December 8: Poets, priests, professors and one-time dancers

The force of winter became undeniable this night, but attendance was generous, nonetheless, at Clintons, no doubt owing to the calibre of talent on hand.

Mind, body and spirit were well tended to as people were treated to an intellectual poet, with freshly-inked Ph.D, a prolific Toronto-area poet who also pursued his calling to become a priest and a veteran dancer who found a second life in the ryhthm of words.

Robert Winger is funny and smart, and if that makes him sound like a catch, we’re sorry ladies, he’s taken.

After taking pointedly humourous swipes at literary cliches and academic jargon during his reading, Winger delivered his own modern verse take on the ancient poetry form, the ghazal. Winger’s ghazals incorporate a slew of contemporary references, including lyrics by the Clash. Free-verse ghazals were the topic of Winger’s doctoral thesis, so he must know his stuff.

Winger is currently poetry editor for ARC Poetry Magazine in Ottawa, where he lives with his family.

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The melodic voice and well-selected words of Toronto’s one-time poet laureate Pier Giorgio Di Cicco graced the ears of rapt listeners at Clintons that night. However, by dint of some subtle agency, his words were too effervescent to be harnessed for long by wordly recording technology. That or someone forgot to flip the tape. However, you may hear his thoughts about the blessings, the importance of preserving a public realm and who poetry and priesthood are complimentary careers.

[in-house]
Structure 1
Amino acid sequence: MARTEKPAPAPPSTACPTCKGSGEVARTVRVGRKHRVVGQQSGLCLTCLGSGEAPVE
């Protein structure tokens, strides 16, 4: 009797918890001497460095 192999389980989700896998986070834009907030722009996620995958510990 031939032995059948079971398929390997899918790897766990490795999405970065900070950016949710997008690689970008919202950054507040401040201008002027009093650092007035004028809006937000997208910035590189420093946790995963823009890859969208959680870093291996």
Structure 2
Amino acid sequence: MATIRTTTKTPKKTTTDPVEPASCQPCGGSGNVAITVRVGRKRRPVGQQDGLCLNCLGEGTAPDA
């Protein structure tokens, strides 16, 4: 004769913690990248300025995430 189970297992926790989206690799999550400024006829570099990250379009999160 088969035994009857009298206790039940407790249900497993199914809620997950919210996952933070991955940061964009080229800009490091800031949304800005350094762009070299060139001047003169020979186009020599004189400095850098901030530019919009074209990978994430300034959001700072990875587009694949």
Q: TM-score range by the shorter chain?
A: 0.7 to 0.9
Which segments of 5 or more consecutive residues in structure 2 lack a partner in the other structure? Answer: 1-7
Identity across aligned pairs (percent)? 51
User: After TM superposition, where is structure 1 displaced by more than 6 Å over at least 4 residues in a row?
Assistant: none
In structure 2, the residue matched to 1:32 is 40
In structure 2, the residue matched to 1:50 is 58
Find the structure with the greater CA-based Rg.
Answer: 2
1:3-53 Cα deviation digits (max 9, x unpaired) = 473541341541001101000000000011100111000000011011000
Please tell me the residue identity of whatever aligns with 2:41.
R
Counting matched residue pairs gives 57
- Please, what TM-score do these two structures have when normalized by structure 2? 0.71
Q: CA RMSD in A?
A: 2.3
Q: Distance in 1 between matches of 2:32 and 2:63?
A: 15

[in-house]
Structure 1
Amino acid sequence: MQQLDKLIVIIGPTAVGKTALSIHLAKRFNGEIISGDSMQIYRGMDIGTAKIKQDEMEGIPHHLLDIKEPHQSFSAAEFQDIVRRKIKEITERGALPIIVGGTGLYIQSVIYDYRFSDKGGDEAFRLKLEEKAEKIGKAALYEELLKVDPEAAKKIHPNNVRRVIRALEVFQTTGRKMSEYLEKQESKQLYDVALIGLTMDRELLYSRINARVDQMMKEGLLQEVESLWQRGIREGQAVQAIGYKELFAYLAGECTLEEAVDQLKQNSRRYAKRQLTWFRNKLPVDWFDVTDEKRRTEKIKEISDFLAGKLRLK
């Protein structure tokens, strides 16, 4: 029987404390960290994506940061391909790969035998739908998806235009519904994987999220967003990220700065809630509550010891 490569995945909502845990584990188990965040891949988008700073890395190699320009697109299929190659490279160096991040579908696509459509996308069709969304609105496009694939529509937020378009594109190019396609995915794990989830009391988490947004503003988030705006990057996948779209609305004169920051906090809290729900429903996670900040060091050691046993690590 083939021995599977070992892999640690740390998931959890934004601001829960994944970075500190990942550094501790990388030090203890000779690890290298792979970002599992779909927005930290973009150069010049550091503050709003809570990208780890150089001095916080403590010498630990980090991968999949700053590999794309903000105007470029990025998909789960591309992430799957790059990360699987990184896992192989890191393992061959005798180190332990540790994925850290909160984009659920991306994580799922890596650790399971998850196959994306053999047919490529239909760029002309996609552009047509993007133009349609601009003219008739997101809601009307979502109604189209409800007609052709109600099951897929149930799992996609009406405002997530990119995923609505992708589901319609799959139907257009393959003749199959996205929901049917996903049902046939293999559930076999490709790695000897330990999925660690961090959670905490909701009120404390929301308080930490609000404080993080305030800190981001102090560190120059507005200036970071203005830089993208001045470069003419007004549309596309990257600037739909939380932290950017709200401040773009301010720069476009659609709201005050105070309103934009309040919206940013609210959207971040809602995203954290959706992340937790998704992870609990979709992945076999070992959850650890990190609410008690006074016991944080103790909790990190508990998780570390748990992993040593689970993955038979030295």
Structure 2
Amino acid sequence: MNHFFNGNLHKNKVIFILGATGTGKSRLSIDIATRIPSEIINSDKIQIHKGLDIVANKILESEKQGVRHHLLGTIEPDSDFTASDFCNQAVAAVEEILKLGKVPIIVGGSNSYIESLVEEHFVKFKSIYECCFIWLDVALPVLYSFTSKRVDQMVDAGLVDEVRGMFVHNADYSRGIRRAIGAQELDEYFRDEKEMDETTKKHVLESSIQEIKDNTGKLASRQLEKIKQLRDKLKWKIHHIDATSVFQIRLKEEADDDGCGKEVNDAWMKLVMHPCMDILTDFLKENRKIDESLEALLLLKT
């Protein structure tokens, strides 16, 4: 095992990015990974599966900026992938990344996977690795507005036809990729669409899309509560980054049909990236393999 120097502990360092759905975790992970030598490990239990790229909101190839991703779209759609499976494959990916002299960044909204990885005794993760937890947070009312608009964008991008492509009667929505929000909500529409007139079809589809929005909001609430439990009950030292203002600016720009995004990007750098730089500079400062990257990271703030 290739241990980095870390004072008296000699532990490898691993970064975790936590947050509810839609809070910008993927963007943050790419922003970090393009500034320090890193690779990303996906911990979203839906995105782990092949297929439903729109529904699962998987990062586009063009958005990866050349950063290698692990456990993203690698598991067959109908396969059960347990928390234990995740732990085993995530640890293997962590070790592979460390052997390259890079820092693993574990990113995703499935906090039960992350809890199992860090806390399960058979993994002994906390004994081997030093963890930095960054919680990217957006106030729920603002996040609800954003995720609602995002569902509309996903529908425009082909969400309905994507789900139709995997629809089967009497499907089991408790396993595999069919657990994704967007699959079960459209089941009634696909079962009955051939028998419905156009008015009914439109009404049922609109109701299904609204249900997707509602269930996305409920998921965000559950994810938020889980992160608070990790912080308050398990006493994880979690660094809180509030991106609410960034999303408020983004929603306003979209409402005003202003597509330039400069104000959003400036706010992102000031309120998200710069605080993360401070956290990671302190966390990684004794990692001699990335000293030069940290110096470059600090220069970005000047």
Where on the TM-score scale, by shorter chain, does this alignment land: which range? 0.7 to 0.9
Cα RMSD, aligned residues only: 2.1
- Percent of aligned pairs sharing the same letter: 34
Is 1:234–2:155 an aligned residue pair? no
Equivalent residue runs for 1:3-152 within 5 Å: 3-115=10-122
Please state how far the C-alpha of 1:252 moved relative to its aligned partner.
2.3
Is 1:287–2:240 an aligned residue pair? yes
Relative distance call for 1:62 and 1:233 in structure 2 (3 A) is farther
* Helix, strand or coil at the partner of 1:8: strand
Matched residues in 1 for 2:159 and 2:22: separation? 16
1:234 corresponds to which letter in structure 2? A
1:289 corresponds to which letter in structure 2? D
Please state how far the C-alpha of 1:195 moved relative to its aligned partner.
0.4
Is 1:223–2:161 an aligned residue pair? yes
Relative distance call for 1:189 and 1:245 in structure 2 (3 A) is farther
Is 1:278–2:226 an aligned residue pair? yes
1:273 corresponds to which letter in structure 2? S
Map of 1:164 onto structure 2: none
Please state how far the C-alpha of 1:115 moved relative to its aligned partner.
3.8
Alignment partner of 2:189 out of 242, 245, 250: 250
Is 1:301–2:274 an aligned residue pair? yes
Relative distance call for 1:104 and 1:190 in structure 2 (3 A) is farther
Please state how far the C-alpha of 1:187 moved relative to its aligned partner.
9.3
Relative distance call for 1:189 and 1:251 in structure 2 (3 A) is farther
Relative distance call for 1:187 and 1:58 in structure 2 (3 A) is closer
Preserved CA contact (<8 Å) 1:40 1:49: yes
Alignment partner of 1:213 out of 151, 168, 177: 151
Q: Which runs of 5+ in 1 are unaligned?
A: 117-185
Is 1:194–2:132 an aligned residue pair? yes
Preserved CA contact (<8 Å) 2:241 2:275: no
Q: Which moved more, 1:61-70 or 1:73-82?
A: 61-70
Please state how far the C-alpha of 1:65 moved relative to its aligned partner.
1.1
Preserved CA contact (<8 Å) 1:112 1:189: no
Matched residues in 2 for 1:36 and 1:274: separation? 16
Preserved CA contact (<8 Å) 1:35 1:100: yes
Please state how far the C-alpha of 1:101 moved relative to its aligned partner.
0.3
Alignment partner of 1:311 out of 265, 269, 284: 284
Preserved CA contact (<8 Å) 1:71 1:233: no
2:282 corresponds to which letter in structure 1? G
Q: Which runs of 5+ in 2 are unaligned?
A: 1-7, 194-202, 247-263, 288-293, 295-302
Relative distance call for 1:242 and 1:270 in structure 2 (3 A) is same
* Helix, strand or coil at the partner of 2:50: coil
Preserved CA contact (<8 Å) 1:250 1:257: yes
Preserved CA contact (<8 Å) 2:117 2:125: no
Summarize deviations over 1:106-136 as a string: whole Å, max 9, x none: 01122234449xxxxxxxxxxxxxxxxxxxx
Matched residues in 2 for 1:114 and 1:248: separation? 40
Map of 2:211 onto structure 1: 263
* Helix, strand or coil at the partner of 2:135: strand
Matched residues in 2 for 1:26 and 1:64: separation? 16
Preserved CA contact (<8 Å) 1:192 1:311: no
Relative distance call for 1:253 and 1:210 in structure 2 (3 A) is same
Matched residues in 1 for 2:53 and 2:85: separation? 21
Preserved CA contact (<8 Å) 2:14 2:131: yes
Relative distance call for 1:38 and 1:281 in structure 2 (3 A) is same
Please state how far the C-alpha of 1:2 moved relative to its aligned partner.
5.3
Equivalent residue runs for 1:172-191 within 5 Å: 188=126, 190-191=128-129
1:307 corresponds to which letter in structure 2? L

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Recording gremlins proved even less kind to dancer-turned-poet Moira MacDougall. Her reading did not fully make its passage from the sound board to the recording machine, but a brief interview survives. Moira’s first career was in ballet and modern dance, and dance is a subject of her poetry, along with sex, religion, mythology and entertainment legend Eartha Kitt.

Her first book, Bone Dream, was published by Tightrope Books.

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